Hope for Stonehenge

More than 15 years after MPs branded the situation ‘a national disgrace’, has a solution finally been found for Stonehenge? At present, the Stones are hemmed in by roads the busy, arterial A303 south-western route and the A344 Devizes road, which joins it, cutting the site off from its surrounding monuments and landscape. The latter not only comes up so close so as to almost clip the heel stone of the circle, but also lies slap across the Avenue, believed to be the site’s ancient processional approach. In addition, the current visitor facilities, housed in a 1968 ‘concrete monstrosity’ on the other side of the A344, are not only outdated and ineffectual, but also represent a significant visual intrusion to the site.

In English Heritage’s most recent proposal, released in May, a new visitor centre will be built at Airman’s Corner, an area of farmland at the edge of the World Heritage Site (WHS), 1½ miles west of the current visitor centre, where the short A344 joins the A360. The junction of the A344 and the A303 will be closed, and the section of road from there to the Stones will be grassed over. The remaining part of the A344 will be the route for a visitor shuttle service between Airman’s Corner named after the monuments to three pilots killed while taking part in test flights over Salisbury Plain in the early 1900s and the Stones. Most of the current visitor centre and car park will be demolished and the land returned to grass. The total effect will be to reunite Stonehenge with the Avenue and greatly improve the setting.

Generally, the proposals have been positively received. ‘The first feeling on hearing the proposals was relief,’ says Maj George du Pré of the Countess Road Residents Group, which campaigned against the proposal, put forward in 1999, which would have seen the building of a new visitors’ centre two miles from Stonehenge near a residential area. This idea was shelved in 2007 following the collapse of the plan to build a tunnel for the A303 when geological factors caused the cost to spiral from £193 million to £540 million. ‘This seems to be a very reasonable solution,’ agrees Maj du Pré. ‘And the junction should have been closed years ago it’s a notorious spot for fatal accidents.’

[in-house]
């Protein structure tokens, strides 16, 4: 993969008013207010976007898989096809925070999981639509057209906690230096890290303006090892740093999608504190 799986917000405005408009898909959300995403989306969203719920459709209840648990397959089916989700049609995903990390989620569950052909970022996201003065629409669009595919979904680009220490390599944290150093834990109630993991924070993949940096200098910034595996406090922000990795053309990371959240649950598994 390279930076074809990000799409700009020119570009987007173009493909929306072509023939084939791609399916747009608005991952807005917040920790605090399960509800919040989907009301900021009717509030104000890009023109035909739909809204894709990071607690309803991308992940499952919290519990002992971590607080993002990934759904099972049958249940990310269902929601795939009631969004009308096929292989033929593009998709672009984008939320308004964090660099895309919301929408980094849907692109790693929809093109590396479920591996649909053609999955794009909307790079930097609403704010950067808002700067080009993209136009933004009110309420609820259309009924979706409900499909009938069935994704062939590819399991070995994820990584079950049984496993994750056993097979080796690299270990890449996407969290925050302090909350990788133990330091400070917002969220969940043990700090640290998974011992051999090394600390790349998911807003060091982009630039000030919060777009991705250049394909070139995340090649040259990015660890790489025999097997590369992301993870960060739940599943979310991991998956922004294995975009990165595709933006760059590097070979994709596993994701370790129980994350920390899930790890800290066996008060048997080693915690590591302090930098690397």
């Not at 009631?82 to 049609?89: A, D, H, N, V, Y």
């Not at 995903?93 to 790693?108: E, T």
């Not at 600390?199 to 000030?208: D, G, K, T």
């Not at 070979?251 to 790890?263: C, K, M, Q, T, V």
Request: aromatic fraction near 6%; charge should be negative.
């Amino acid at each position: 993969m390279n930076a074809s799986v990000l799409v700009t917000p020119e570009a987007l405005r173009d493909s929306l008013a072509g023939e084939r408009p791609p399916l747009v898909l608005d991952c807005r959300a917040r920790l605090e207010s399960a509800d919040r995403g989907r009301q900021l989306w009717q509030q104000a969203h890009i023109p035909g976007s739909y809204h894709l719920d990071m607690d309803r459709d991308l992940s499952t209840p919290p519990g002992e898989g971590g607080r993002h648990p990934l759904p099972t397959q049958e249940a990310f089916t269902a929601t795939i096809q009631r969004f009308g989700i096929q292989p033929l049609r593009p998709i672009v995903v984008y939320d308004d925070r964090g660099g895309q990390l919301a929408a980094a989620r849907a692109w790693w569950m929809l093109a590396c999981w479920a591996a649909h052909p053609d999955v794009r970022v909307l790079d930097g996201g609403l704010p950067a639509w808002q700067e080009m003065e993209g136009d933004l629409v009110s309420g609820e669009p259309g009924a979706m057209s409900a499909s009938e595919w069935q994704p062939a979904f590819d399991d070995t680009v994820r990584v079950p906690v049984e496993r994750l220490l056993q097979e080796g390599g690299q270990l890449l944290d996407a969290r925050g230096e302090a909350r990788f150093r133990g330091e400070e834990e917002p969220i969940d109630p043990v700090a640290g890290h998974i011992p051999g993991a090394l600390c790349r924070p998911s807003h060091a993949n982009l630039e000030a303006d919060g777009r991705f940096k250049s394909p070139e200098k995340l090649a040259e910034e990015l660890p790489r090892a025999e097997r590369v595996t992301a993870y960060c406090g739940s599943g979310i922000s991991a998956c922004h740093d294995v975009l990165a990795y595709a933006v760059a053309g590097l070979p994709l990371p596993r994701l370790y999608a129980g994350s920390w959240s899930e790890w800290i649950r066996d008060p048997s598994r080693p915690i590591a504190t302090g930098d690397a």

As a site of major archaeological importance, any kind of disturbance to the surrounding area has ramifications. An earlier plan to locate a new visitor centre at a site known as Fargo Road, which lies inside the WHS, was abandoned over outcries about the site’s close proximity to an important barrow group. ‘We are very pleased with these suggestions,’ says Gill Chitty, head of conservation at the Council for British Architects. ‘One of the opportunities of this proposal is the chance for visitors to appreciate the landscape setting of Stonehenge, which includes ceremonial areas that are even older than the Stones themselves. As visitors move down to the Stones, they will have this wider landscape in their mind’s eye, which isn’t possible at present.’ She adds: ‘Our main concern is the visual impact the new building will have, as it will be very visible from the Stones.’

Plans for the visitor centre haven’t been finalised but, according to Barrie Marshall, director of Denton Corker Marshall, which has been awarded the contract for designing it, the building ‘is conceived as having the lightest possible touch on the landscape.’ The centre will be single-storey, ‘contained in a series of simple cubic volumes, sheltered by a fine perforated metal sheet canopy that echoes the rolling landforms of the Salisbury Plains’.

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Erskine Guinness, who, with his siblings, owns land to the south-east of Airman’s Corner, and is set to lose about an acre when the new centre is developed, comments: ‘The present site is a disgrace, and something has been needed to be done for about 20 years now. We’ve seen the plans and we’re very in favour of what is proposed the improvements to the area will far outweigh the loss of the land, although it will increase traffic on the lower stretch of the A360.’ However, Mr Guinness points out: ‘The only thing I’d say is that I’ll believe it when I see it. They’ve been talking about doing something for so long.’

Following a round of local exhibitions this summer, finalised details will be unveiled in September, when a final planning application is submitted. If all goes well, construction work is expected to take place in 2011, with the new facilities opening in 2012. The funding of about £25 million will be provided through sources including English Heritage, the Highways Agency, Department for Culture, Media and Sport and the Department for Transport. An application for support from the Heritage Lottery Fund is to be submitted shortly.